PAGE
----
DHS’ Final Electronic I-9 Rule Eases Paperwork Burden on Employers
[Editor’s Note: today’s blog, which continues our coverage of the final electronic I-9 rule, is courtesy of Ilana Drummond of Jackson & Hertogs] New regulations published by the Department of Homeland Security last week have eased some of the prior requirements of electronic I-9 creation and reporting. One of the best items of import to employers is that they are no longer required to provide a printed confirmation of the I-9 transaction at the time of completion. The original electronic I-9 rules – published in 2006 to implement new legislation – previously required employers to provide the I-9’d employee a “printed confirmation” of the I-9 transaction. But the 2006 electronic I-9 rules did not define what form such “printed confirmations” could take. Employers were left to wonder if a duplicate copy of the Form I-9 for the employee was the best way to comply, or whether some other kind of “printed confirmation” (which did not contain sensitive information) could suffice instead. The problem for employers was twofold – providing a hard copy “on the spot” at the time of completion, can be difficult. The HR completing the I-9 with the individual may not have access to a printer OR, given the volume at a new hire orientation, may be simply unable to process all the I-9s and print out the confirmations. Second, even when the printer is available, an HR may be uncomfortable providing a hardcopy of the Form I-9 form itself, due to the sensitive data contained therein. The original DHS rule alluded in the preamble to “terms of art” borrowed from IRS and SEC. These references seem to use the term “printed confirmation of transaction” which is an e-commerce term referring to the creation of a kind of receipt. Thus, the I-9 rules, while ambiguous, seem to best refer to a kind of printed “receipt” of the transaction, (as you would have with, say, an SEC trade). But of course, the I-9 form itself would certainly suffice. The problem with issuing the I-9 form itself is that it contains sensitive data that could if misplaced be used for identity theft. Under the final regulation, DHS has modified this area. DHS now allows employers to provide or transmit confirmation of a Form I-9 transaction within a reasonable period of time and upon a request of the employee. Therefore, this is only an obligation when the employee requests the confirmation. Furthermore, DHS clarifies what is sufficient to meet the obligation of providing a confirmation of transaction and the time frame by which the confirmation should be provided. In the comments to the final rule, DHS explains:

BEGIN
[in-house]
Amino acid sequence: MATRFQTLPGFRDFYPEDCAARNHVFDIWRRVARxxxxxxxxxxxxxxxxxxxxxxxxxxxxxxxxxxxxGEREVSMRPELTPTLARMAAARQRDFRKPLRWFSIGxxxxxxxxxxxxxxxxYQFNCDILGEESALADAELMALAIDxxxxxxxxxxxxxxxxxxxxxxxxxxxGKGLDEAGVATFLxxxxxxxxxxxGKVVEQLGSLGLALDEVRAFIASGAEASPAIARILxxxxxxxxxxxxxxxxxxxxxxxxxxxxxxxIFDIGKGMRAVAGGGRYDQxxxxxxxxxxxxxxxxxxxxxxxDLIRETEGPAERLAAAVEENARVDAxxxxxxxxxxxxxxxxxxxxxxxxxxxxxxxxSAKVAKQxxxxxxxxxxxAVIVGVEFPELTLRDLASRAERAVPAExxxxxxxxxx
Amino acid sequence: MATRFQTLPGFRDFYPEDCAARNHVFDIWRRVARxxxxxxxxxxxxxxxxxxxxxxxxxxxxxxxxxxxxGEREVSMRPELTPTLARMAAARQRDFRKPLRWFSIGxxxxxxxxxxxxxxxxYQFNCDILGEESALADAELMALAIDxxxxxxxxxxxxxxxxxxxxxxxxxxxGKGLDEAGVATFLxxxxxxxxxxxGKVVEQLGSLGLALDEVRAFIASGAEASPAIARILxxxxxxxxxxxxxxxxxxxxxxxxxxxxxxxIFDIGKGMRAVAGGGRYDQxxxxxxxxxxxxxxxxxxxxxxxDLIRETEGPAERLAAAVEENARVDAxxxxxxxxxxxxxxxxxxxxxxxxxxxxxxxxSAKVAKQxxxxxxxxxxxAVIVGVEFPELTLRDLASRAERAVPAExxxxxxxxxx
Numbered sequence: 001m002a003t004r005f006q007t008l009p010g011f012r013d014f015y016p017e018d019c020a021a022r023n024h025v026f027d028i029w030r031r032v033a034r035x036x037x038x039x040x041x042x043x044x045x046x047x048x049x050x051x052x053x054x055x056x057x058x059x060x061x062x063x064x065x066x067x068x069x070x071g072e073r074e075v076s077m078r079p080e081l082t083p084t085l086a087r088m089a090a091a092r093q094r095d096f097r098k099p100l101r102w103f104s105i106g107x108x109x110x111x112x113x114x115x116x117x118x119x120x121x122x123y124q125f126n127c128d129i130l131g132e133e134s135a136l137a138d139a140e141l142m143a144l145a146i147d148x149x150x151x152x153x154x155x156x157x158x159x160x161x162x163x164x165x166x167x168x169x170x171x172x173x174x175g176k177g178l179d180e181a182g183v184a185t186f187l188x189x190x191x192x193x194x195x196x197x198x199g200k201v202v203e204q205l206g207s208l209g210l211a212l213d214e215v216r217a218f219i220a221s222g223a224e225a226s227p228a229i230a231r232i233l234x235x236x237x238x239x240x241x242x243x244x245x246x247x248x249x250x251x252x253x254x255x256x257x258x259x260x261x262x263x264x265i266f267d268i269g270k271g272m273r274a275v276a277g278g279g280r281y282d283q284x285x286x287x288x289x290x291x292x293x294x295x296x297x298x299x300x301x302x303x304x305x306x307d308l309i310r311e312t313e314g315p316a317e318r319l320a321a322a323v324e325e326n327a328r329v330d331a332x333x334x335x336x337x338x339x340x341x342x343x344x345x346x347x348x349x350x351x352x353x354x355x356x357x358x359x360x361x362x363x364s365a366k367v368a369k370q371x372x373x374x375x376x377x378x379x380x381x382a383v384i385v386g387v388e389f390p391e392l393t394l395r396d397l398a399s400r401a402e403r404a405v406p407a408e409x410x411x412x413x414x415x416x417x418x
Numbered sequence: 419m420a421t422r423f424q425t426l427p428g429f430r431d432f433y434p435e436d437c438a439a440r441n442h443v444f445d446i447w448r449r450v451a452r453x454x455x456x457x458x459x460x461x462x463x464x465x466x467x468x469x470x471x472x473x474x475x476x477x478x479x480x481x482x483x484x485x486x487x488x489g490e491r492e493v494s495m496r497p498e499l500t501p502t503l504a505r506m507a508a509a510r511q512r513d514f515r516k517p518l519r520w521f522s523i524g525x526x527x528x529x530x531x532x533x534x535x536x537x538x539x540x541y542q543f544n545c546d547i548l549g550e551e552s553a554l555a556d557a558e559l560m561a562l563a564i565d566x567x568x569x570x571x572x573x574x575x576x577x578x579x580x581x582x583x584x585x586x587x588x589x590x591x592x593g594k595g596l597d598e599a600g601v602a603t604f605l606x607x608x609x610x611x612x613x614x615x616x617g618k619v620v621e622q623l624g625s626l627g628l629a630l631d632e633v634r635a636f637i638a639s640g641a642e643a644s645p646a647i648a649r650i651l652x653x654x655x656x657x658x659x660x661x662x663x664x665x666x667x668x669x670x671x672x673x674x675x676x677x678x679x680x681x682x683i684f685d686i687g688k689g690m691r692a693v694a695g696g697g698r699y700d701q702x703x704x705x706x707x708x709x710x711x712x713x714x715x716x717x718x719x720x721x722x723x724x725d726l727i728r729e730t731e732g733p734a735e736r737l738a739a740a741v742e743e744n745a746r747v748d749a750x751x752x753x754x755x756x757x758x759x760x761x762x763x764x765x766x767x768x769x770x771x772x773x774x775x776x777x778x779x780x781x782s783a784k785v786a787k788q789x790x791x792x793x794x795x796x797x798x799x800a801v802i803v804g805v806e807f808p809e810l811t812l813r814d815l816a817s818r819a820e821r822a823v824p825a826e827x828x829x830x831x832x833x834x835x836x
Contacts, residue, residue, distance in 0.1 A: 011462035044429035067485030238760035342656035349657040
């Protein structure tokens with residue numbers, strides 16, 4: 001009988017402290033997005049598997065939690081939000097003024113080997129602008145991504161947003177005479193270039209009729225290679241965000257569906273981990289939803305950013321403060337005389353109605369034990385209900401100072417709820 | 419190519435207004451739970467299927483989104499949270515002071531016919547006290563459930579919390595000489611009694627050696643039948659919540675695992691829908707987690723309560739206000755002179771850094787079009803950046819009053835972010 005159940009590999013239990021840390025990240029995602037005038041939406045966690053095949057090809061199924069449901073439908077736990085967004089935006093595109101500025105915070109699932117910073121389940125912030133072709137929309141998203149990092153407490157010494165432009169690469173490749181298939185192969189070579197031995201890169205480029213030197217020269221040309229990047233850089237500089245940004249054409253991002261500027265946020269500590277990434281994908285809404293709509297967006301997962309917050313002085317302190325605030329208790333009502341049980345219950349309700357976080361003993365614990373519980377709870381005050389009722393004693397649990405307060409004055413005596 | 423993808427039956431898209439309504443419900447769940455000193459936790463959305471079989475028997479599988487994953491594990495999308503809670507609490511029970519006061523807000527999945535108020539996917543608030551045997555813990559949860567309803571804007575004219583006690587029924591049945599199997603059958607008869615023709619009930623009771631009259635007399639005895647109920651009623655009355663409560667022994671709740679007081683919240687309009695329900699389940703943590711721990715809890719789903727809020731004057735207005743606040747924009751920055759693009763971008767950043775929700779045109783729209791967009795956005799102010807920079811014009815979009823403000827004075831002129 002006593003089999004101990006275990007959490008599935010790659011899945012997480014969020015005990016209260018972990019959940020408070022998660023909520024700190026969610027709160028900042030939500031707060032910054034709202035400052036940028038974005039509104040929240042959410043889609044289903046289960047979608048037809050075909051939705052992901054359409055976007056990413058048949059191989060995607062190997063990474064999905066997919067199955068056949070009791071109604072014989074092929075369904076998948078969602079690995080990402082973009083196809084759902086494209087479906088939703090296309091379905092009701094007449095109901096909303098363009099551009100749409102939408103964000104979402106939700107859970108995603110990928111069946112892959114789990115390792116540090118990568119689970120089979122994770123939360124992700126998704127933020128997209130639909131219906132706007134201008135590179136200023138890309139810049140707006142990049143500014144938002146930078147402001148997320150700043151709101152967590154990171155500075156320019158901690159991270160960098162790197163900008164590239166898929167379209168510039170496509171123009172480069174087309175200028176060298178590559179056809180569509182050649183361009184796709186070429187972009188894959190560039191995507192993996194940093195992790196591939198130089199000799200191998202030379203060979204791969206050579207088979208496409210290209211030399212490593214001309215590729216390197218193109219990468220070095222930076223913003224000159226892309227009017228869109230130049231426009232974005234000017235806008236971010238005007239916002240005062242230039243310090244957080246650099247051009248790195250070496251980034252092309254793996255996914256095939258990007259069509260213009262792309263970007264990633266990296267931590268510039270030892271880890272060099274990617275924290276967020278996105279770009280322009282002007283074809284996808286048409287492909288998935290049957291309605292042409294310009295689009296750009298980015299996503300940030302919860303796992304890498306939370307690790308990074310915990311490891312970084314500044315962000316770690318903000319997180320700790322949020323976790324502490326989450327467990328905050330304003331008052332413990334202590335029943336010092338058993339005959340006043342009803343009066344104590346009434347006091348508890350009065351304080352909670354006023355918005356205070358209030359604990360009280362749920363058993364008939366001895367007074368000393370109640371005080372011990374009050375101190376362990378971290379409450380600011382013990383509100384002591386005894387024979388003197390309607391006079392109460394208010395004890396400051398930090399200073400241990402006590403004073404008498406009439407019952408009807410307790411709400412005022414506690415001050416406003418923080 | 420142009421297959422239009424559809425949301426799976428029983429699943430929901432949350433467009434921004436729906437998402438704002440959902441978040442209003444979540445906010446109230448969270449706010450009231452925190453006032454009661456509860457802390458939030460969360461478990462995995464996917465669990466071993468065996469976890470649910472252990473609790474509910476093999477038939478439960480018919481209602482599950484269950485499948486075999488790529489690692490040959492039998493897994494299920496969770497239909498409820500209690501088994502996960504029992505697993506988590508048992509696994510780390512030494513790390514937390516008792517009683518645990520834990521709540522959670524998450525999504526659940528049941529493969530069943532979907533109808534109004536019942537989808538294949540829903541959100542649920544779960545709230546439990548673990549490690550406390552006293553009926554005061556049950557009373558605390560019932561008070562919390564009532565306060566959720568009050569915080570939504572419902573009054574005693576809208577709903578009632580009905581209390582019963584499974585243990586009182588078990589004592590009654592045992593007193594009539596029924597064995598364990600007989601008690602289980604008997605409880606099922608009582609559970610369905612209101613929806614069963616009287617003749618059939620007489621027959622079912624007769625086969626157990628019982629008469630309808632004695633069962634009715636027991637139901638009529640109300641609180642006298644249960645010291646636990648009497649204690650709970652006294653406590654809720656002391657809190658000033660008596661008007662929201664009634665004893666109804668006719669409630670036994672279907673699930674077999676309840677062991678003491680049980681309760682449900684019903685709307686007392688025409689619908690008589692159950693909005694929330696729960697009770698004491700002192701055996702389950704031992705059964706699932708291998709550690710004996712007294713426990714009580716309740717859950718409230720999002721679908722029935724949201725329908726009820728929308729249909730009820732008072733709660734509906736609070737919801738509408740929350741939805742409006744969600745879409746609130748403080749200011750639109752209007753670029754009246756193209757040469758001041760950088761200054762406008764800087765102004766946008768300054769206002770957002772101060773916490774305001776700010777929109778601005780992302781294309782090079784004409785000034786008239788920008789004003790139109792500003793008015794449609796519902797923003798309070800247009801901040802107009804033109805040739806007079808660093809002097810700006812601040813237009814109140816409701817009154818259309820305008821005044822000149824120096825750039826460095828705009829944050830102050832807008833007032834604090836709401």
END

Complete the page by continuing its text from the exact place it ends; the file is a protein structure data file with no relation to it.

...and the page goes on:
DHS removed the language requiring the employer to provide the confirmation at the time of the transaction. DHS understands that in certain situations it may be impracticable for employers to transmit or print a confirmation of the transaction because the employee may not have access to a computer or the employer may not have the capability to print a paper copy of the electronic record at the time the document is completed electronically. If, however, the employee requests confirmation, it is reasonable for the employer to be required to give the employee a copy of the information provided within a reasonable period of time. Providing the option of electronic preparation and storage does not in any way alter the requirement that the employer physically examine any documentation provided by the employee in the presence of the employee prior to completing the Form I-9. Though not required when preparing a paper Form I-9, DHS believes requiring an employer to provide a receipt upon employee request when completing an electronic record allows employers and employees to confirm the accuracy of the information provided.
By removing the requirement that the transaction confirmation be provided immediately upon completion and by clarifying what is acceptable to meet the obligation if the employee so requests are both welcome news to employers.